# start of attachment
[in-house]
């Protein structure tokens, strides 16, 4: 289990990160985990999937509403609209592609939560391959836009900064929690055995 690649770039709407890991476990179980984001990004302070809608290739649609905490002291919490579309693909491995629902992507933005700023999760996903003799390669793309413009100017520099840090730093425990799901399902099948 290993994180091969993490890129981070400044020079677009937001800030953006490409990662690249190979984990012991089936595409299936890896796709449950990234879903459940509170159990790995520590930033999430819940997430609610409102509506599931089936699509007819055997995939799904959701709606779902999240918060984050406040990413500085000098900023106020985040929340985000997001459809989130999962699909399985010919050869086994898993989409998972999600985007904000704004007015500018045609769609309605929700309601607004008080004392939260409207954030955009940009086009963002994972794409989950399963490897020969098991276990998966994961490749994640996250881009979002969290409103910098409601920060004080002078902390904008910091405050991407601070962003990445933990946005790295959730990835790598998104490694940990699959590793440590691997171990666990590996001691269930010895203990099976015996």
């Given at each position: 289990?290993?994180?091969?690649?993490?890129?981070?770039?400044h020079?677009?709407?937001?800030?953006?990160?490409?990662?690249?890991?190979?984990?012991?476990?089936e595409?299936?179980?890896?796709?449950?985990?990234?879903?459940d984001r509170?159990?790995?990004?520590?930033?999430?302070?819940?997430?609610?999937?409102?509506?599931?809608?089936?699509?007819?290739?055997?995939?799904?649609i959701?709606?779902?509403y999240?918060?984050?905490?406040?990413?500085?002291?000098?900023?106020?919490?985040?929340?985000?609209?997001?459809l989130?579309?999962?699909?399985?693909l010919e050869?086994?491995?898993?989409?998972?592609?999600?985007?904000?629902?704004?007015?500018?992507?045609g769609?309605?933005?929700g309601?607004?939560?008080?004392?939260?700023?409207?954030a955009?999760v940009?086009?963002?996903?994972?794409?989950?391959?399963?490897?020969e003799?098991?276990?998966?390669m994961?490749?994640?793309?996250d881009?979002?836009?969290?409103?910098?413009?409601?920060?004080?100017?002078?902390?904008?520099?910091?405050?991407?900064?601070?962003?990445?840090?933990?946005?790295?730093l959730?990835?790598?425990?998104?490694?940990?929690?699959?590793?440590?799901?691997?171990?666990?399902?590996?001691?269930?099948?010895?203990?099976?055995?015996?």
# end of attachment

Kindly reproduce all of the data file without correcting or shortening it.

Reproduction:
[in-house]
């Protein structure tokens, strides 16, 4: 289990990160985990999937509403609209592609939560391959836009900064929690055995 690649770039709407890991476990179980984001990004302070809608290739649609905490002291919490579309693909491995629902992507933005700023999760996903003799390669793309413009100017520099840090730093425990799901399902099948 290993994180091969993490890129981070400044020079677009937001800030953006490409990662690249190979984990012991089936595409299936890896796709449950990234879903459940509170159990790995520590930033999430819940997430609610409102509506599931089936699509007819055997995939799904959701709606779902999240918060984050406040990413500085000098900023106020985040929340985000997001459809989130999962699909399985010919050869086994898993989409998972999600985007904000704004007015500018045609769609309605929700309601607004008080004392939260409207954030955009940009086009963002994972794409989950399963490897020969098991276990998966994961490749994640996250881009979002969290409103910098409601920060004080002078902390904008910091405050991407601070962003990445933990946005790295959730990835790598998104490694940990699959590793440590691997171990666990590996001691269930010895203990099976015996």
């Given at each position: 289990?290993?994180?091969?690649?993490?890129?981070?770039?400044h020079?677009?709407?937001?800030?953006?990160?490409?990662?690249?890991?190979?984990?012991?476990?089936e595409?299936?179980?890896?796709?449950?985990?990234?879903?459940d984001r509170?159990?790995?990004?520590?930033?999430?302070?819940?997430?609610?999937?409102?509506?599931?809608?089936?699509?007819?290739?055997?995939?799904?649609i959701?709606?779902?509403y999240?918060?984050?905490?406040?990413?500085?002291?000098?900023?106020?919490?985040?929340?985000?609209?997001?459809l989130?579309?999962?699909?399985?693909l010919e050869?086994?491995?898993?989409?998972?592609?999600?985007?904000?629902?704004?007015?500018?992507?045609g769609?309605?933005?929700g309601?607004?939560?008080?004392?939260?700023?409207?954030a955009?999760v940009?086009?963002?996903?994972?794409?989950?391959?399963?490897?020969e003799?098991?276990?998966?390669m994961?490749?994640?793309?996250d881009?979002?836009?969290?409103?910098?413009?409601?920060?004080?100017?002078?902390?904008?520099?910091?405050?991407?900064?601070?962003?990445?840090?933990?946005?790295?730093l959730?990835?790598?425990?998104?490694?940990?929690?699959?590793?440590?799901?691997?171990?666990?399902?590996?001691?269930?099948?010895?203990?099976?055995?015996?």